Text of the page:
Formerly based out of the UNAM in Mexico City, he worked as a writer, blogger, book reviewer and journalist. His fiction has appeared in Ploughshares, The Rumpus, the Kenyon Review Online, Callaloo, Huizache and elsewhere. He’s currently a regular contributor to the Guardian and the Ploughshares blog. He is a Fulbright-Garcia Robles Scholar and a graduate of Cornell University. He lives and teaches in Houston, TX.
In episode 3 of Ink Well, we get to talk shop and sit down with poet Deborah D.E.E.P. Mouton.
Deborah D.E.E.P. Mouton is a mother, wife, educator, and the current Poet Laureate of Houston, Texas. This seven-time National Poetry Slam Competitor and Head Coach of the Houston VIP Poetry Slam Team has been ranked the #2 Best Female Poet in the World. Her work has appeared in Houston Noir, The Houston Chronicle, and on such platforms as BBC, ABC, Blavity and Upworthy.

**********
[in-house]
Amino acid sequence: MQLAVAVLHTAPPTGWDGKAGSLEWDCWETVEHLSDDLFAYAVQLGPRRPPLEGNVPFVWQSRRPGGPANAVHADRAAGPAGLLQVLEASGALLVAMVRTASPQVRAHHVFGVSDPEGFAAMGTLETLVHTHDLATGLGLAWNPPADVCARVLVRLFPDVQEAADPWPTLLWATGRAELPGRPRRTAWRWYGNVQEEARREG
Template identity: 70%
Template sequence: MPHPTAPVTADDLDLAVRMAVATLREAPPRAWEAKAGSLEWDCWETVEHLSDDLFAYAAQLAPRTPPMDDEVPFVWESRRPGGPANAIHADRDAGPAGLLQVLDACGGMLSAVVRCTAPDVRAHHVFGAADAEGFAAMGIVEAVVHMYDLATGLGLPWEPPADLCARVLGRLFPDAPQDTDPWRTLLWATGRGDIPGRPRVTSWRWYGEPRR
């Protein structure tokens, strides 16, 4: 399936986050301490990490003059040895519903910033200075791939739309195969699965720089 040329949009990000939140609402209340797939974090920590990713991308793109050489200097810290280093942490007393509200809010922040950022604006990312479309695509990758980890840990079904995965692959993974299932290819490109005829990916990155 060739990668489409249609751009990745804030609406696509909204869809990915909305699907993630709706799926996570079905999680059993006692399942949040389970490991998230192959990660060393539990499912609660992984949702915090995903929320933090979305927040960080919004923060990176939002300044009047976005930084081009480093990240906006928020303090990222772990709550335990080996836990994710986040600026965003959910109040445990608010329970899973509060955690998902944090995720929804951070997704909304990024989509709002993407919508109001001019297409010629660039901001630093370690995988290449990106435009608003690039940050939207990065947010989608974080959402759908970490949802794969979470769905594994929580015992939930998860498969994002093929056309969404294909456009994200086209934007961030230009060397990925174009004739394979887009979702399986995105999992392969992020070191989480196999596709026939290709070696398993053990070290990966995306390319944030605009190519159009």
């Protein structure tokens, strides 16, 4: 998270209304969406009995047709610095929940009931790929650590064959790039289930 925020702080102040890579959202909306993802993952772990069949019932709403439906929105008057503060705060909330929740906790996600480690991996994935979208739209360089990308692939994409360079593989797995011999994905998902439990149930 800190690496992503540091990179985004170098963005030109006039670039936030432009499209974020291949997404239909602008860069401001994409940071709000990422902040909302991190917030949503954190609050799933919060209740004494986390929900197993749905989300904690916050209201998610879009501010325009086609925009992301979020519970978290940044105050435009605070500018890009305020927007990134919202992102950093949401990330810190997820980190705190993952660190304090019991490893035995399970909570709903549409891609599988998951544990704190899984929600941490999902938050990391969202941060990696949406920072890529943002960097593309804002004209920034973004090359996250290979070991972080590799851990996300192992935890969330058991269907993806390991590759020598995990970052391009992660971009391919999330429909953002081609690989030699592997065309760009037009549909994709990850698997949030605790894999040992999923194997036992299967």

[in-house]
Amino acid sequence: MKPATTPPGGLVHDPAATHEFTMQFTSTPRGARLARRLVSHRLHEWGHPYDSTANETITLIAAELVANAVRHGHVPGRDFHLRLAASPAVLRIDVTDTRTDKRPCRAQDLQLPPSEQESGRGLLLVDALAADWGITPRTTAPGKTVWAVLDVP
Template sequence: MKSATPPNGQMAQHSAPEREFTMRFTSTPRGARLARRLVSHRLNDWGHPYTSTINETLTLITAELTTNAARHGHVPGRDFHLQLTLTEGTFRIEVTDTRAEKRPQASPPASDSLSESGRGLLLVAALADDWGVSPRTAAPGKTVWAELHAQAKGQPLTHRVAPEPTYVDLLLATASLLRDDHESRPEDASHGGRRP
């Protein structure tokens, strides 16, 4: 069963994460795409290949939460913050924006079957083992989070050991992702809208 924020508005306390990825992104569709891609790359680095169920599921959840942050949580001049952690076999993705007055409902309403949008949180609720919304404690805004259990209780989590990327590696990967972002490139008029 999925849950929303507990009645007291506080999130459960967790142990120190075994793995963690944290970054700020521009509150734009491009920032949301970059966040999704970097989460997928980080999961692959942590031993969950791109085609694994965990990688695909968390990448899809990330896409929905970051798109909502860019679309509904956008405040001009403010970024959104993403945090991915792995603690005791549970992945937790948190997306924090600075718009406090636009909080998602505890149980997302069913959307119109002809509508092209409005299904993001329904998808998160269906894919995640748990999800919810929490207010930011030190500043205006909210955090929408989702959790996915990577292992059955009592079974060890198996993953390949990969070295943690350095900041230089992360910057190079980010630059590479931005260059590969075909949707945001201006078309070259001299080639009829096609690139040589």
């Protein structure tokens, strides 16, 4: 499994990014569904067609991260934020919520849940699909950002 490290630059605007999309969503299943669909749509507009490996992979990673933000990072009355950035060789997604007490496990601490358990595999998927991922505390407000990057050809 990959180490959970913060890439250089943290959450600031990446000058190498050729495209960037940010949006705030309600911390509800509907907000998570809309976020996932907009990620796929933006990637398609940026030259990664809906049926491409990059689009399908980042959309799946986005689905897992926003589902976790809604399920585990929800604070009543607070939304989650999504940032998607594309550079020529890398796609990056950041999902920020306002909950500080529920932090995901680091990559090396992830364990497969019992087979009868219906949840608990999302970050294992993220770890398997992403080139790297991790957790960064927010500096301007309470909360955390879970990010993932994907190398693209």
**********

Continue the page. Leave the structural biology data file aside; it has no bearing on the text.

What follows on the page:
D.E.E.P. has established herself as a notable force in the Performance and Slam Poetry World. She has also shared stages with Talib Kweli, MC Lyte, Amiri Baraka, John Legend, Slum Village, Karen Clark-Shield, Raheem Devaughn, Trae the Truth, Devin the Dude, Def Poet Sunni Patterson, Def Comedy Jam’s Rodman, Regie Gibson, Buddy Wakefield, Danez Smith, Roxane Gay, and Nikki Giovanni.
In episode 4 of Ink Well, we catch up with poet Robin Davidson about Houston’s Favorite Poems Anthology and more.